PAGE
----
Could Tim Lincecum's Run as Top NL Pitcher Be Done Already?

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Could Tim Lincecum's Run as Top NL Pitcher Be Done Already?
Ezra Shaw/Getty Images

(I would like to say first that I originally wrote this article for another sports website, so I apologize for the glitches in formatting. The original article is here: http://sportsflecks.com/?p=895)

I will probably get a lot of criticism for this post. As a Giants fan myself, it is considered sacrilege for me to talk negatively about the team’s future, it’s pitching in particular.

When you put the two together, the end result isn’t pretty. I can already hear you calling me a deserter, impatient, or even worse, a band wagoner for voicing my concerns over Lincecum’s future outlook.

However, I am not here to please anybody. I am here to give you my opinion on what’s going on in baseball and sometimes basketball...whether you listen is your choice entirely.

Here it is: after Tuesday night’s horrendous start against the Cubbies, I don’t see how, barring a major turn of events, Lincecum could possibly regain his stature as the top pitcher in the National League, let alone baseball.

There, I said it. Now, before getting your blowtorches and pitchforks ready, let me finish lamenting the fall of a player who was supposed to be the new face of a franchise I have cherished for years.

After Timmy’s second Cy in 2009, it seemed impossible for him to be gone before the end of 2010. He was the ace of a young and improving team that plays in a pitcher’s park, and had just put up numbers unprecedented by people of his age.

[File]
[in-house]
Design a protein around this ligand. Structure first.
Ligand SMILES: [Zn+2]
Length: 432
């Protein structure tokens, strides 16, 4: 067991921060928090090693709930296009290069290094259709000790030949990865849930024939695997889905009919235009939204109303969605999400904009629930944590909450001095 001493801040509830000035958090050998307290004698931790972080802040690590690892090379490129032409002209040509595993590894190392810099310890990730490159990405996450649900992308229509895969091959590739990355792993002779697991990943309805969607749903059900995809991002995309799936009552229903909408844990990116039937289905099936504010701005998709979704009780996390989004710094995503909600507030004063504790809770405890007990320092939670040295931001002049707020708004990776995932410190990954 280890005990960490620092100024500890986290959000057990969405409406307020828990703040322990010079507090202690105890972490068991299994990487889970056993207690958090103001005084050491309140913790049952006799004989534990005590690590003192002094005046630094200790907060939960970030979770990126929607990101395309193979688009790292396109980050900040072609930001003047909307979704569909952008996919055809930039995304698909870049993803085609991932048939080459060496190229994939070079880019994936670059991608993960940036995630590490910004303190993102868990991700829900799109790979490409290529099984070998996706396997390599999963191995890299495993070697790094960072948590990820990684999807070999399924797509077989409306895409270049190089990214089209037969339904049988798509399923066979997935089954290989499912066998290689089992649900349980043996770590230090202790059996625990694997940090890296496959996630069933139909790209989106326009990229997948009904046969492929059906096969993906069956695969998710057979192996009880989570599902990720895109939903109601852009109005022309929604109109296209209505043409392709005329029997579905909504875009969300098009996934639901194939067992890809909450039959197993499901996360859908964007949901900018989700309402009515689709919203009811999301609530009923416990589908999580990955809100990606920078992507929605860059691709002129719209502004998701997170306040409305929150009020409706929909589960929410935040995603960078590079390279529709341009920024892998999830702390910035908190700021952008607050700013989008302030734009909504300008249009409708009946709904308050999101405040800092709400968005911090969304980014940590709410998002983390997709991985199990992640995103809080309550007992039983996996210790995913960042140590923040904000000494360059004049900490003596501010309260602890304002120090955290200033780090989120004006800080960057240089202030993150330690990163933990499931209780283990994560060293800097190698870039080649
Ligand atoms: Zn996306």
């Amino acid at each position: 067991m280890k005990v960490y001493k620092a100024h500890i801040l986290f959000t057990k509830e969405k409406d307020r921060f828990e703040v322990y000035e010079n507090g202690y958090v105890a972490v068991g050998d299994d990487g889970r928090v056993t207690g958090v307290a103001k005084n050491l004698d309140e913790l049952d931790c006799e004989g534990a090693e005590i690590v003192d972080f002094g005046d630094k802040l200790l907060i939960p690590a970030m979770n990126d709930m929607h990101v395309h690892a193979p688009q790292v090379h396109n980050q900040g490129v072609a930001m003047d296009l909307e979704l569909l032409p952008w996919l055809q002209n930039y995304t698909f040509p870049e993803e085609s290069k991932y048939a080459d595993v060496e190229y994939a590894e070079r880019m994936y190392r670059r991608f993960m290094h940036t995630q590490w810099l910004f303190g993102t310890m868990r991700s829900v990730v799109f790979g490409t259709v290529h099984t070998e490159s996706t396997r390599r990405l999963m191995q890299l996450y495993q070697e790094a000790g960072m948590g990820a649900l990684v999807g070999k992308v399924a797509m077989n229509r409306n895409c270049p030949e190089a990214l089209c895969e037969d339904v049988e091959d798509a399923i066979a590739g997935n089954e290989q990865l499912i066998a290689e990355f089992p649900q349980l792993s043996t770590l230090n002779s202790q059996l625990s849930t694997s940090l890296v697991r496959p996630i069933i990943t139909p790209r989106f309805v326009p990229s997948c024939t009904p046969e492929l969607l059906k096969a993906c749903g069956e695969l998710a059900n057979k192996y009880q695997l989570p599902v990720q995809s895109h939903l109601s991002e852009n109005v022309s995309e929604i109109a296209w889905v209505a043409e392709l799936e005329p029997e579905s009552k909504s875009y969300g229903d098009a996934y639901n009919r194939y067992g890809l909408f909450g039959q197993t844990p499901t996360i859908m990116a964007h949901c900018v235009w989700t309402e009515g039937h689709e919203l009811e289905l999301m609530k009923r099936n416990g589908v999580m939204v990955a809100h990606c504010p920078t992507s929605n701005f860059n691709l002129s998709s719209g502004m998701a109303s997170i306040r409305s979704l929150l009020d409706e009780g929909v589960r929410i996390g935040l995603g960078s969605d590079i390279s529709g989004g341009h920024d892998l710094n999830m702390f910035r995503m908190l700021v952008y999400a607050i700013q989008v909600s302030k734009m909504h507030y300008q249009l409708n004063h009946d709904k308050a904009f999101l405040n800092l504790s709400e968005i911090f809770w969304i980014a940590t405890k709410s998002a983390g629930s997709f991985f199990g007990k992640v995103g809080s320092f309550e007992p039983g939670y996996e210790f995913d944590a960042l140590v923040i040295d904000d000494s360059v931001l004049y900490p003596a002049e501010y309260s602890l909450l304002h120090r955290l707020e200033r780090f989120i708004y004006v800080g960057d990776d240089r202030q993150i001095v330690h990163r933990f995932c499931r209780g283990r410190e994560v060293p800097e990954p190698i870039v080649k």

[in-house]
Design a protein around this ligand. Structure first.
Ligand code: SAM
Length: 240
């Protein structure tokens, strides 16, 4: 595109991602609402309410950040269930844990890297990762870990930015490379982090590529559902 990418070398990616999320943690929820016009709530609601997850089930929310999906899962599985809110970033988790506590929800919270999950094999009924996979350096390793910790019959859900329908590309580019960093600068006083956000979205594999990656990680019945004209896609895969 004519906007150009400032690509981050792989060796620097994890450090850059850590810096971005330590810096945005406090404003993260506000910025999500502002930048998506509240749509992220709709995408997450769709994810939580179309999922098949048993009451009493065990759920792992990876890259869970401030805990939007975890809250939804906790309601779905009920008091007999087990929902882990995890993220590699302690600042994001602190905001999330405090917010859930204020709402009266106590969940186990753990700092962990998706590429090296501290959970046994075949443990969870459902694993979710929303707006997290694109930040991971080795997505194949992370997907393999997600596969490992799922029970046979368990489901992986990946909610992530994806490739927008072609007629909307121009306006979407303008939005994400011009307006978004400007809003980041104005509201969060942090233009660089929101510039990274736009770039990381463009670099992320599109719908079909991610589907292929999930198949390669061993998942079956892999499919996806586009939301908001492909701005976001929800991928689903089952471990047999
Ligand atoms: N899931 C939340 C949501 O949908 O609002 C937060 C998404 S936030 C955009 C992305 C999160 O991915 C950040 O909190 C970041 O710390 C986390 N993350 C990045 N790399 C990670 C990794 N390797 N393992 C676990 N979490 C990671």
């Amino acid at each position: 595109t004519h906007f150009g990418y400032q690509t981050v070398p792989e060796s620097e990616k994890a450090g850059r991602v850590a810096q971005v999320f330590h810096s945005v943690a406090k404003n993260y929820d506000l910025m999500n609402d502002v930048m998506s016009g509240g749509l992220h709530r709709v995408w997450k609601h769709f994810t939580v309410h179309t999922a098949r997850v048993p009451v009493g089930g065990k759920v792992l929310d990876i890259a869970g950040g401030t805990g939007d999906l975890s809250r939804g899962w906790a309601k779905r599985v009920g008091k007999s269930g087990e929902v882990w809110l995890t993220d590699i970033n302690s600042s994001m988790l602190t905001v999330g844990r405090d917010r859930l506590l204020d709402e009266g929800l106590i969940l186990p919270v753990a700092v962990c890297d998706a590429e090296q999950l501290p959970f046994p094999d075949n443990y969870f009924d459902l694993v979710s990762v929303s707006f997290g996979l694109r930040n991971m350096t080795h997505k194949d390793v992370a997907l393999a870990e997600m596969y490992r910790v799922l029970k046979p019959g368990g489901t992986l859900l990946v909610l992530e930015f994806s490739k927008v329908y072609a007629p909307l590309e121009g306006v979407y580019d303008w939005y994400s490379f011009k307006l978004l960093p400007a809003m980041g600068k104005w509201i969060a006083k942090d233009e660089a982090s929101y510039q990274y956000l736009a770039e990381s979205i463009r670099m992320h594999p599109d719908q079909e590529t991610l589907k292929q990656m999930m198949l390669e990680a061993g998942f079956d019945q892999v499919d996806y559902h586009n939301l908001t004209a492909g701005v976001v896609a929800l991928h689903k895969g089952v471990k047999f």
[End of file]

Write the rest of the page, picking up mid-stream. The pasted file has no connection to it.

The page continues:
The only thing going against him, it seemed, was a misdemeanor he received while driving through his home state of Washington with trace amounts of marijuana in his car. Life was good, and so was baseball.

Fast forward to August 2010. While the Giants are certainly contending, it is virtually impossible for Timmy to achieve the three peat which, barring a Halladay surge, seemed rightfully his at the start of the season.

His 3.41 ERA ranks 19th in the National League and 35th in all of baseball, hardly the mark of an ace. His 1.3 WHIP isn’t even top 40 material, and he is currently locked in an 11 way tie for the 17th most wins in the majors.

Just to point out how much can change in a year, he held the league’s third-best ERA and fourth best WHIP last season. Oh, and he has already allowed a career-worst 13 homers this season.

I know what you are probably thinking. “Oh, sure, this season may be a bad one for him, but it’s just a hiccup. He’ll be back better than ever next season.” Maybe so, but as strange as it may seem, 2011 may be too late.

The end of the steroid ERA has caused the power to shift to the mound, and many of today’s brightest stars are young NL pitchers. In other words, it will be way harder to win the NL Cy Young in 2011 than it was in 2008 and 2009.

Ubaldo Jimenez already has 17 wins this season, and it’s only mid-August. Yeah, that’s already more than Lincecum had in all of 2009.

At age 26, Josh Johnson’s dazzling 1.97 ERA leads all pitchers in baseball. Yeah, that’s over half a point off of Timmy’s in ’09. And don’t get me started on Stephen Strasburg. A Cy is in his future, be certain of that.

On the flip side, it’s not all bad for Lincecum. His strikeouts have remained consistent, and he’s still a dangerous pitcher when he pitches well.

However, inconsistency and struggling in a time when pitching is better then ever and only improving means that Lincecum’s time as the top pitcher in the NL may be over just a few years after it started.

Back-to-back Cy’s in a player’s first two full seasons followed by no more the rest of their career seems implausible, but in Lincecum’s case it looks like it is exactly what will happen if the Freak doesn’t start pitching better soon.

And by soon, I mean right now.

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